Funder Contribution: 719,422 GBP
    Partners: University of Edinburgh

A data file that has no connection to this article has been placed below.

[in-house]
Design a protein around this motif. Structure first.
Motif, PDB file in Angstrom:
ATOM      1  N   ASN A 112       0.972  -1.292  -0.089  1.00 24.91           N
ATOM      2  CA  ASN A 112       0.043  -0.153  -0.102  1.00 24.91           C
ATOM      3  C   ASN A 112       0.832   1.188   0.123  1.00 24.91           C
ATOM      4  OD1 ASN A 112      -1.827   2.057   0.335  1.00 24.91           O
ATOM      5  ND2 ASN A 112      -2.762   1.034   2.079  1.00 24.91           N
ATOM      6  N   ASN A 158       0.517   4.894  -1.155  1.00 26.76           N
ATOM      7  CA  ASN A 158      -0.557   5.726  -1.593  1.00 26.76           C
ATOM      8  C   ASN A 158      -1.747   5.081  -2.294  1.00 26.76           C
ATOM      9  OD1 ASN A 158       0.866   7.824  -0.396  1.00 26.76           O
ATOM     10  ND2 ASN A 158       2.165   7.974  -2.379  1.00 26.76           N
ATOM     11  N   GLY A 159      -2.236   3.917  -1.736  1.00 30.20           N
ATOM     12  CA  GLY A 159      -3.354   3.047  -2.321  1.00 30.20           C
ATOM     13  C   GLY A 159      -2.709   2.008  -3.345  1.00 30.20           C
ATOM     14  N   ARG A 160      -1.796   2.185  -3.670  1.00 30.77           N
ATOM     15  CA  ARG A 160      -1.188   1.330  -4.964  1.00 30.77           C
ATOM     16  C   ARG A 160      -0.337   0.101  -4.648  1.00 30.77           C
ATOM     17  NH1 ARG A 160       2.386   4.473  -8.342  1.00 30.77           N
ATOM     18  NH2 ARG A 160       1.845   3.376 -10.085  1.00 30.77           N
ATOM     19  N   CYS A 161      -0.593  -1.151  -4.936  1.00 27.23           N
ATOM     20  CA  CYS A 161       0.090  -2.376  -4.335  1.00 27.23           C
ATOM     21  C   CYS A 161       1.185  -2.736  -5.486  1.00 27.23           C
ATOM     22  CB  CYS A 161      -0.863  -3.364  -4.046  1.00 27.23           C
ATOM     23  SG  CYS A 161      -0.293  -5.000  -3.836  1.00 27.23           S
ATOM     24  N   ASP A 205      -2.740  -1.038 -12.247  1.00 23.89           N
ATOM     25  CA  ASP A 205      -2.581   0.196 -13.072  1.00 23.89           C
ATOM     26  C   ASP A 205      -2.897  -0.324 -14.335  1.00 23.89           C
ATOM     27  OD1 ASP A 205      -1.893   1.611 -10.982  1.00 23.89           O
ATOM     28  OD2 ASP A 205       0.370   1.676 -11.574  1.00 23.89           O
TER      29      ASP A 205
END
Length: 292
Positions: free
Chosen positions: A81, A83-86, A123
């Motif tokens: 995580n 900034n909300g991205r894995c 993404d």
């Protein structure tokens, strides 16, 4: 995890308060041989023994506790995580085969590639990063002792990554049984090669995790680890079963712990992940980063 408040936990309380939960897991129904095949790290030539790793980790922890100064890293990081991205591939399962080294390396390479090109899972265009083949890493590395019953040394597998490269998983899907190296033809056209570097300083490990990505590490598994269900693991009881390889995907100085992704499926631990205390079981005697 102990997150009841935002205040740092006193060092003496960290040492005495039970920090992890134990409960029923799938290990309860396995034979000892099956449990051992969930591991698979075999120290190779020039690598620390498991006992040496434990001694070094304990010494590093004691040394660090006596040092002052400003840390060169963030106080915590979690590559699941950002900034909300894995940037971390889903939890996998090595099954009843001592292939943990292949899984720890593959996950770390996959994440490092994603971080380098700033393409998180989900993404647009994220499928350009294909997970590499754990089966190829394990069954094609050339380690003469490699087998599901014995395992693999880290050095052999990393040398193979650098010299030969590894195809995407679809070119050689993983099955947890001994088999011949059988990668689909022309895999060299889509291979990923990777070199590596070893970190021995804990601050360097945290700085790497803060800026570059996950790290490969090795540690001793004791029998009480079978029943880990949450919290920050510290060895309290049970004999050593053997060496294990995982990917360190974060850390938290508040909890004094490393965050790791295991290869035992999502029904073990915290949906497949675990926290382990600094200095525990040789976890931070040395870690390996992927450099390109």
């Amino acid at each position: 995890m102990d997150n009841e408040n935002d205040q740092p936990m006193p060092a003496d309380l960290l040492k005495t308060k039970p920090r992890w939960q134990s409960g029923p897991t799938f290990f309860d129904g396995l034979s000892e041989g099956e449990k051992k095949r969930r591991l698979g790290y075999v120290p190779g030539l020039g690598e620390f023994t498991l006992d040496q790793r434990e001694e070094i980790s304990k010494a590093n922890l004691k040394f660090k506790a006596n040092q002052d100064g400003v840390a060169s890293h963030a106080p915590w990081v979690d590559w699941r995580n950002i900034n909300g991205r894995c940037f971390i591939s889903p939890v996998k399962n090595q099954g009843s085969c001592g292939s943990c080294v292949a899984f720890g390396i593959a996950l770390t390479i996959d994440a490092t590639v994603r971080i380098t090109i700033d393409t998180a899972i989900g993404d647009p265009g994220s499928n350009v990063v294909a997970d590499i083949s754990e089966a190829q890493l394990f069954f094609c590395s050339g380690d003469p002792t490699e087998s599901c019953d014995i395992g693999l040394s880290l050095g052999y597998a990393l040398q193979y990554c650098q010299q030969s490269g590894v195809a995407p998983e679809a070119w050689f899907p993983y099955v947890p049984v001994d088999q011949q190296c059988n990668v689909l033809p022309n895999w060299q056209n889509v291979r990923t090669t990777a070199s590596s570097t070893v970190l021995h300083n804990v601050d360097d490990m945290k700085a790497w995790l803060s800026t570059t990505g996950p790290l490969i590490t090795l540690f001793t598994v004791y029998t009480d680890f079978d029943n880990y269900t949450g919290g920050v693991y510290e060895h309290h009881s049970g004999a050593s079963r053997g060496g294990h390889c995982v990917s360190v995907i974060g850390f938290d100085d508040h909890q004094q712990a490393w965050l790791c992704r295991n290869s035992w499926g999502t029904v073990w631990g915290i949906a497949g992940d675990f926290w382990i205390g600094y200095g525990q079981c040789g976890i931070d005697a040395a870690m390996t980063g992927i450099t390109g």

Carbon dioxide (CO2) is considered to be a greenhouse gas. The concentration of CO2 in the earth atmosphere is an important control on earth surface temperature, and hence climate. CO2 dissolution in the oceans is also being recognised as an important factor in making surface seawater unusually acid / this severely affects ecosystems and species from algae to fish and whales. Increased CO2 in the atmosphere is recognised as being partly caused by burning of fossil fuels, such as coal and gas, in power stations. Carbon Capture and Storage is a suite of technologies which enables CO2 to be captured at power stations, liquefied by increasing the pressure, transported by a pipe, and injected deep underground in to pore space of deeply buried sedimentary rocks such as sandstones. This can effectively remove CO2 from the power cycle of fossil fuel use, and store the CO2 for tens of thousands of years, which enables the earth atmosphere to return to normal. Because of the very large CO2 volumes involved, it is not possible to build surface stores. Because of the acid effects of CO2, it is not possible to inject CO2 into seawater. By contrast, the Intergovernmental Panel on Climate Change (IPCC) have calculated that more than 25% of world CO2 emissions could be stored by geological CCS. This could be a vital technology for the world's future. There is a great deal of interest worldwide in CCS and, because of the offshore oil industry, the North Sea is one of the world's prime areas for CCS to be rapidly developed. However, there are only three full-scale projects at present in the world. For UK power generating companies to become commercially interested the chain of technologies must be both demonstrated to work reliably, and must be capable of cost-effective development. This project is trying to identify aquifer sites deep underground which are close to power plant in the U.K., where CO2 can be safely stored, but sites are quicker and cheaper to develop than offshore in the North Sea. This can enable power generating companies to develop CCS over a period of years, on a medium scale, and learn to conduct the industrial operation. If this project is successful, it could lead to take up of CCS in the U.K. 10 or 15 years earlier than waiting for an infrastructure of large North Sea pipelines to be developed for CO2. When those pipes become available, UK power companies will be completely ready to connect power plant to store CO2 in large redundant hydrocarbon fields offshore. This could save many tens of million tons CO2 per year being emitted into the atmosphere from the U.K., and place the U.K. in the forefront of carbon reduction nations. The universities and companies involved in this 2.3M consortium are all experienced in investigating the deep subsurface for oil and gas production. Edinburgh, Heriot-Watt and BGS already have 1.6M from the Scottish Executive to establish the UK's largest research grouping to investigate CO2 storage. This expertise will be transferred to exploring for CO2 disposal sites. Using the information held by the British Geological Survey, maps will be made of the subsurface deep beneath England, and deep beneath the Forth estuary. Heriot-Watt university will assess the potential chemical reactions of CO2 with rock, and how much CO2 can be injected. Electricity generators, led by Scottish Power, will make engineering designs for modified power stations to supply CO2. Schlumberger and Marathon Oil, will assess the subsurface technology required for safe and reliable injection and monitoring. The University of Edinburgh will make computer simulations to determine if CO2 will leak deep below ground, and will assess how specific site is storage sites will perform to safely retain CO2. Amec will evaluate transport of CO2 by pipe. Tyndall will investigate the public attitudes at the candidate storage sites.